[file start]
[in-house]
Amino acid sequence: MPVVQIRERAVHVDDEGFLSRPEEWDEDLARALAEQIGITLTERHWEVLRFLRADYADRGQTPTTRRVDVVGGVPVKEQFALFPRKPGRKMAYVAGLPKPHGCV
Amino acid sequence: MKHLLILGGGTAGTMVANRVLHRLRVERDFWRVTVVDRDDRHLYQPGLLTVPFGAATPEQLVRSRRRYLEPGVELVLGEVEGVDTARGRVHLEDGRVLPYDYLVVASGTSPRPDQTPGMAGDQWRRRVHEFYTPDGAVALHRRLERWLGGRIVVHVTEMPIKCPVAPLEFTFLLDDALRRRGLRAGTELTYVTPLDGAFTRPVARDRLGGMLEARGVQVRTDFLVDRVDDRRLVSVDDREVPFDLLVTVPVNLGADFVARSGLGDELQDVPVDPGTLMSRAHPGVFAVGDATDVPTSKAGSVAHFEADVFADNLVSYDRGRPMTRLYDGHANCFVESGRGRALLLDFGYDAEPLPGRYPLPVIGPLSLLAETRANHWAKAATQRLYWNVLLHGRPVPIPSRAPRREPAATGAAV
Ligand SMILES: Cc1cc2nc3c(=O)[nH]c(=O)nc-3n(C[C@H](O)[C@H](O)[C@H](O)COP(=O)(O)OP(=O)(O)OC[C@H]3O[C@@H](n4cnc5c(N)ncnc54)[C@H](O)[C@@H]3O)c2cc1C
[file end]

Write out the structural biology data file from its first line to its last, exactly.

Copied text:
[in-house]
Amino acid sequence: MPVVQIRERAVHVDDEGFLSRPEEWDEDLARALAEQIGITLTERHWEVLRFLRADYADRGQTPTTRRVDVVGGVPVKEQFALFPRKPGRKMAYVAGLPKPHGCV
Amino acid sequence: MKHLLILGGGTAGTMVANRVLHRLRVERDFWRVTVVDRDDRHLYQPGLLTVPFGAATPEQLVRSRRRYLEPGVELVLGEVEGVDTARGRVHLEDGRVLPYDYLVVASGTSPRPDQTPGMAGDQWRRRVHEFYTPDGAVALHRRLERWLGGRIVVHVTEMPIKCPVAPLEFTFLLDDALRRRGLRAGTELTYVTPLDGAFTRPVARDRLGGMLEARGVQVRTDFLVDRVDDRRLVSVDDREVPFDLLVTVPVNLGADFVARSGLGDELQDVPVDPGTLMSRAHPGVFAVGDATDVPTSKAGSVAHFEADVFADNLVSYDRGRPMTRLYDGHANCFVESGRGRALLLDFGYDAEPLPGRYPLPVIGPLSLLAETRANHWAKAATQRLYWNVLLHGRPVPIPSRAPRREPAATGAAV
Ligand SMILES: Cc1cc2nc3c(=O)[nH]c(=O)nc-3n(C[C@H](O)[C@H](O)[C@H](O)COP(=O)(O)OP(=O)(O)OC[C@H]3O[C@@H](n4cnc5c(N)ncnc54)[C@H](O)[C@@H]3O)c2cc1C